3. 3
    Ron Says:

    I’ve been through it and it’s rough. What made it worse was that it was my estranged little brother who knew my SS number, my date of birth and who has the exact same initials as me. He used my (and his) first and second initials and our last name to steal my identity after I moved out of state several years ago.

    It took me about 45 days to find out, that’s when the American Express skip tracing phone calls started coming in. I can tell you that Amex was fabulous to deal with. They never pursued me any further. He applied for and received a gold Amex card, reapplied again when it was shut down for non-payment, then applied for two Visa cards and a MasterCard before I stopped him.

    Yes, I prosecuted. It’s a felony in that state and he was given three years probation. Why prosecute my own brother? He’s gotten away with so many financial shenanigans that SOMEONE needed to make him face the music. This was the only time in his life that Mom and Dad couldn’t bail him out of his own financial mess. Mine was the THIRD identity he had stolen! Mom and Dad always settled it for him — hush hush — with the other victims.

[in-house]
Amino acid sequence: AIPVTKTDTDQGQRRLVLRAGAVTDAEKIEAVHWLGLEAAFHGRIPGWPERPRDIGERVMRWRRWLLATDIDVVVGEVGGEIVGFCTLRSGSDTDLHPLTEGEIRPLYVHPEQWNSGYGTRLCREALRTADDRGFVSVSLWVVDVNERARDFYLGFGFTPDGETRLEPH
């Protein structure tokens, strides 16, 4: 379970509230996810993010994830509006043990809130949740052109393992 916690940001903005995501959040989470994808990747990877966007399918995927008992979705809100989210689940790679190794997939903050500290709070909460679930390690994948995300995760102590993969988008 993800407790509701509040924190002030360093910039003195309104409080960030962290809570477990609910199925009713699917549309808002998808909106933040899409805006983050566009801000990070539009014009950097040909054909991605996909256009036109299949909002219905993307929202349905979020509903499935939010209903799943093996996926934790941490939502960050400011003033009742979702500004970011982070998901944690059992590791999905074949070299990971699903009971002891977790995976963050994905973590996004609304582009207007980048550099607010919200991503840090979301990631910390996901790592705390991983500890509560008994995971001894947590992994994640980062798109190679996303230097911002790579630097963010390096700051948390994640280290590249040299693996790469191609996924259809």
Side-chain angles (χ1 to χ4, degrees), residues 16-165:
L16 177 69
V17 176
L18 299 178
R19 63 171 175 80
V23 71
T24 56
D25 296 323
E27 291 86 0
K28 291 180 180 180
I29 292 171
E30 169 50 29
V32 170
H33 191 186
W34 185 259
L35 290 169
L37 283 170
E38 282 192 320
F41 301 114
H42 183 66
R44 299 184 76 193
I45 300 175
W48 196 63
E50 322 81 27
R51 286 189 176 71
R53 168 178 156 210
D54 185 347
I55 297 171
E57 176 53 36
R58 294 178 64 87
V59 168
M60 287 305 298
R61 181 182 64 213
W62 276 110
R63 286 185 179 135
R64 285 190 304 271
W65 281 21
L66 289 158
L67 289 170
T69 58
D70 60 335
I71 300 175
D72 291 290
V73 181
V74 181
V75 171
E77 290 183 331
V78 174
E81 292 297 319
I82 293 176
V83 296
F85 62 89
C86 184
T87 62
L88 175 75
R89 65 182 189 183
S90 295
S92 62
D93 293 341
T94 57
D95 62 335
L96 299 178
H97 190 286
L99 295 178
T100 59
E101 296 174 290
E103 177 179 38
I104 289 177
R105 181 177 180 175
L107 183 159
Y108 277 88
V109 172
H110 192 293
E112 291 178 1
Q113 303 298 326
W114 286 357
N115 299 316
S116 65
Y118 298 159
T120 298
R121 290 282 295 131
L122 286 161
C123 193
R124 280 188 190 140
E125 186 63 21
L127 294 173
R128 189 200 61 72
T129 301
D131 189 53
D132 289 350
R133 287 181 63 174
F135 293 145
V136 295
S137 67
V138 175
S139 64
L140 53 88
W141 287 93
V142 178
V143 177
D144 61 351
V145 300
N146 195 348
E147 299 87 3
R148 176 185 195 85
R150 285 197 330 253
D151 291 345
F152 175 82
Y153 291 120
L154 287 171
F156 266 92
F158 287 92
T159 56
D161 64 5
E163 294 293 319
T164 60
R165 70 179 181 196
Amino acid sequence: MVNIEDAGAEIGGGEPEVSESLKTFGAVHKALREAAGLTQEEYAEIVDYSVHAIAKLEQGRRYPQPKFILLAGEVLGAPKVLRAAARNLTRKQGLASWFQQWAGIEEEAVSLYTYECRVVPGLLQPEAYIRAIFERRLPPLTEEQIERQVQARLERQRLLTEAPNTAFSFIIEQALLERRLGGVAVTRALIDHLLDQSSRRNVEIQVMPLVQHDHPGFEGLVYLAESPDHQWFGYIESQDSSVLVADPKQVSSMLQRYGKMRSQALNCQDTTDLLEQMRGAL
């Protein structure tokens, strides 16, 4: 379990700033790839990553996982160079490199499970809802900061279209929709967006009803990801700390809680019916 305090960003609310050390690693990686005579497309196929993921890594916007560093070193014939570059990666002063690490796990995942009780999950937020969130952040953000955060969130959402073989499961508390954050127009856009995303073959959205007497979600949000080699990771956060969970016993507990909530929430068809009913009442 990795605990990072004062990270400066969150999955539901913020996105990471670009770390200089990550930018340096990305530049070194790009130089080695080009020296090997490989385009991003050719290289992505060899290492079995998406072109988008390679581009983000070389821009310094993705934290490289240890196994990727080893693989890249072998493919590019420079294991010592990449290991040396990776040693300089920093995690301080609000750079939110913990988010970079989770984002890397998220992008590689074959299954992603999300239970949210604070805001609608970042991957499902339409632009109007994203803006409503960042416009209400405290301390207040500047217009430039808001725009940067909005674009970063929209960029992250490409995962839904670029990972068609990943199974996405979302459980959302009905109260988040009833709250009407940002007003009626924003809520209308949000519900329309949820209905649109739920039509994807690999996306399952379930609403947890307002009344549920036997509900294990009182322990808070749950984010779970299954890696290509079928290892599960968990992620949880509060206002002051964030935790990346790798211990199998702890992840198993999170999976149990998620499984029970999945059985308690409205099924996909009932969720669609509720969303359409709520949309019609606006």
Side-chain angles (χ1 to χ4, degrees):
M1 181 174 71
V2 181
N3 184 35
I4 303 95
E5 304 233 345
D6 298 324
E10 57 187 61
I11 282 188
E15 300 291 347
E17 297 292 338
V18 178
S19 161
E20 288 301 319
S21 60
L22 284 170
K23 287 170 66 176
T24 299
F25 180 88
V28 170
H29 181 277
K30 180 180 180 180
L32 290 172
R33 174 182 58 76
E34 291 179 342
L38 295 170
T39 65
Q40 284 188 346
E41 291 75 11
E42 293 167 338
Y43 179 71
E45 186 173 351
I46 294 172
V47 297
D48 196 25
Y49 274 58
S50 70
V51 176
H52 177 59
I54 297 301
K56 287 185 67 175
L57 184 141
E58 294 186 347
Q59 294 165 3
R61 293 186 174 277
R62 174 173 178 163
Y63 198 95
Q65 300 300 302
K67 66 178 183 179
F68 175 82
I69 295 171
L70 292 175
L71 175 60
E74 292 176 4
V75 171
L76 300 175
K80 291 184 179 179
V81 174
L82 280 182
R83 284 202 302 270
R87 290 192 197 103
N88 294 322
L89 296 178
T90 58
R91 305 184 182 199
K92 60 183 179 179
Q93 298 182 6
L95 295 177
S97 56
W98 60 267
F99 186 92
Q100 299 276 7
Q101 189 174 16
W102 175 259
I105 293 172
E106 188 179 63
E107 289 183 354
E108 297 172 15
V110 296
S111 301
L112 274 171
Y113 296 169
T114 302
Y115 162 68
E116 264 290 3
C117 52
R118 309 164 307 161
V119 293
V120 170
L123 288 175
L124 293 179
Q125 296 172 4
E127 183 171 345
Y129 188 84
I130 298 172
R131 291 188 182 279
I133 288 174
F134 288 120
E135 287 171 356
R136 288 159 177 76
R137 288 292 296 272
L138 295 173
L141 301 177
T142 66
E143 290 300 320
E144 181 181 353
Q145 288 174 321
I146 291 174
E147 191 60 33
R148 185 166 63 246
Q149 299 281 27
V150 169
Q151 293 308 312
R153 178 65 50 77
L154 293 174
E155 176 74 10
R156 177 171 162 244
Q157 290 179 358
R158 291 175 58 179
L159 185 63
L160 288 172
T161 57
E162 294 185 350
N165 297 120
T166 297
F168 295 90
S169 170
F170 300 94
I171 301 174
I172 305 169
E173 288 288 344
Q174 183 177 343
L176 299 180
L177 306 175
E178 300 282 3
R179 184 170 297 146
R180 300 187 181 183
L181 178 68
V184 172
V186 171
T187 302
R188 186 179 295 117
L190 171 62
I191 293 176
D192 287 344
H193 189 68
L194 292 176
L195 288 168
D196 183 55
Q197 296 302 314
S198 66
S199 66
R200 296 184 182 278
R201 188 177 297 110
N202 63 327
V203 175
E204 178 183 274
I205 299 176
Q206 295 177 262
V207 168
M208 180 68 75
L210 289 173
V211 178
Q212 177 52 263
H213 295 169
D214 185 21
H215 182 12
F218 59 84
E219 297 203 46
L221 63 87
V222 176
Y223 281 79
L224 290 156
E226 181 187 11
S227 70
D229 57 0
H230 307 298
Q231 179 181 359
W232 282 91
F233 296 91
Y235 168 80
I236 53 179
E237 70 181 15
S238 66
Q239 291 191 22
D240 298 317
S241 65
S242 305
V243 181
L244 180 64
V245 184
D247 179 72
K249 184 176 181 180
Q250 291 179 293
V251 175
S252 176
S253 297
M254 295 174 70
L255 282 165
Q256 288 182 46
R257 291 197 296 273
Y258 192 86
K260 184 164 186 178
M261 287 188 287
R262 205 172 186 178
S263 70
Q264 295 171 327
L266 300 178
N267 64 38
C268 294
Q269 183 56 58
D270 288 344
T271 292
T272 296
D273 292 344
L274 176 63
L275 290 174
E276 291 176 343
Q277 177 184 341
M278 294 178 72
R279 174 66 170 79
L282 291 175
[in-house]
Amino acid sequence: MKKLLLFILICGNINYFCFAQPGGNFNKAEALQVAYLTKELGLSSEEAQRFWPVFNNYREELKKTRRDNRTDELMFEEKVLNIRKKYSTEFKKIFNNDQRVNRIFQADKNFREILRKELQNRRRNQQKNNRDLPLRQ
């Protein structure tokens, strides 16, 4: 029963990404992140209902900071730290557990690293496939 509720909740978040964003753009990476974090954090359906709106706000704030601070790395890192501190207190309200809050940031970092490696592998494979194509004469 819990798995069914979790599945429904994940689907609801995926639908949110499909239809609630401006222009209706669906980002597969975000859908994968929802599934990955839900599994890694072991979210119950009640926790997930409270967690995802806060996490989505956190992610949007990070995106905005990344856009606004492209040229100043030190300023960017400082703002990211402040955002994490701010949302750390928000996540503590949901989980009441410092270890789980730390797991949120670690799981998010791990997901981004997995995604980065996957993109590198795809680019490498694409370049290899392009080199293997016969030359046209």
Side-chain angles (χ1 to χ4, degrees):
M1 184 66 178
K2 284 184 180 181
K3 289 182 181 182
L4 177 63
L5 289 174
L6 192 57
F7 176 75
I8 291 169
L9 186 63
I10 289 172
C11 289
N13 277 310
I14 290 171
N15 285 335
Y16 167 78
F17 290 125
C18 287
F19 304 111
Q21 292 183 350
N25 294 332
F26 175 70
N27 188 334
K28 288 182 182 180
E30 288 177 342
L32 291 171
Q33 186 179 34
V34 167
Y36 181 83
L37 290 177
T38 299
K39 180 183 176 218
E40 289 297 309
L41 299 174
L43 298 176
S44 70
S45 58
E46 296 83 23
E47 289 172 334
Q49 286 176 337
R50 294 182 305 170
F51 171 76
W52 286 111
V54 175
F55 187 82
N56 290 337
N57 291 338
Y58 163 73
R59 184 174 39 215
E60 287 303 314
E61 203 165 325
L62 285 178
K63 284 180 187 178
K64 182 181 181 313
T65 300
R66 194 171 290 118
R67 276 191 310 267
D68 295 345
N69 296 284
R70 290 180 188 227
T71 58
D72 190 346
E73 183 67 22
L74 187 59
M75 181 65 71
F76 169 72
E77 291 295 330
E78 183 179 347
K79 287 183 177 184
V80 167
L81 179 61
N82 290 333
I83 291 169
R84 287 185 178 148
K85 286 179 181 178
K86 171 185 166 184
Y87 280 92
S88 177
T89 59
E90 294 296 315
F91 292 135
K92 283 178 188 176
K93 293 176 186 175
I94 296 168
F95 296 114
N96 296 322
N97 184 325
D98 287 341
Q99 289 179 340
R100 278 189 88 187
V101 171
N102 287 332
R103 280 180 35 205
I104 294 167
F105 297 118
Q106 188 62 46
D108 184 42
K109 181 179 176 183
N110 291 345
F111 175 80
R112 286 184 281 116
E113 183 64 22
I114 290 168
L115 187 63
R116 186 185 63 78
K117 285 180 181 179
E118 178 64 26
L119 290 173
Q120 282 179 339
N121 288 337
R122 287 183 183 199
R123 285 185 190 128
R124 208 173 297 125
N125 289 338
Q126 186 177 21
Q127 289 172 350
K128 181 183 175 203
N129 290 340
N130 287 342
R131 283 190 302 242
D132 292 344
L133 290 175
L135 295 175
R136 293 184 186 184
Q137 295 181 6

It hasn’t been an easy road. My parents were angry at first but they finally settled down. He actually had the nerve to call me and tell me that “if I would only follow ‘Biblical principles of forgiveness,’ that he wouldn’t be in this mess.” That’s when I screamed at him to never call MY home ever again and literally threw my cordless phone through the wall.

    I now monitor my credit, maintain a constant fraud alert on my credit report, and check my banking accounts several times every single day.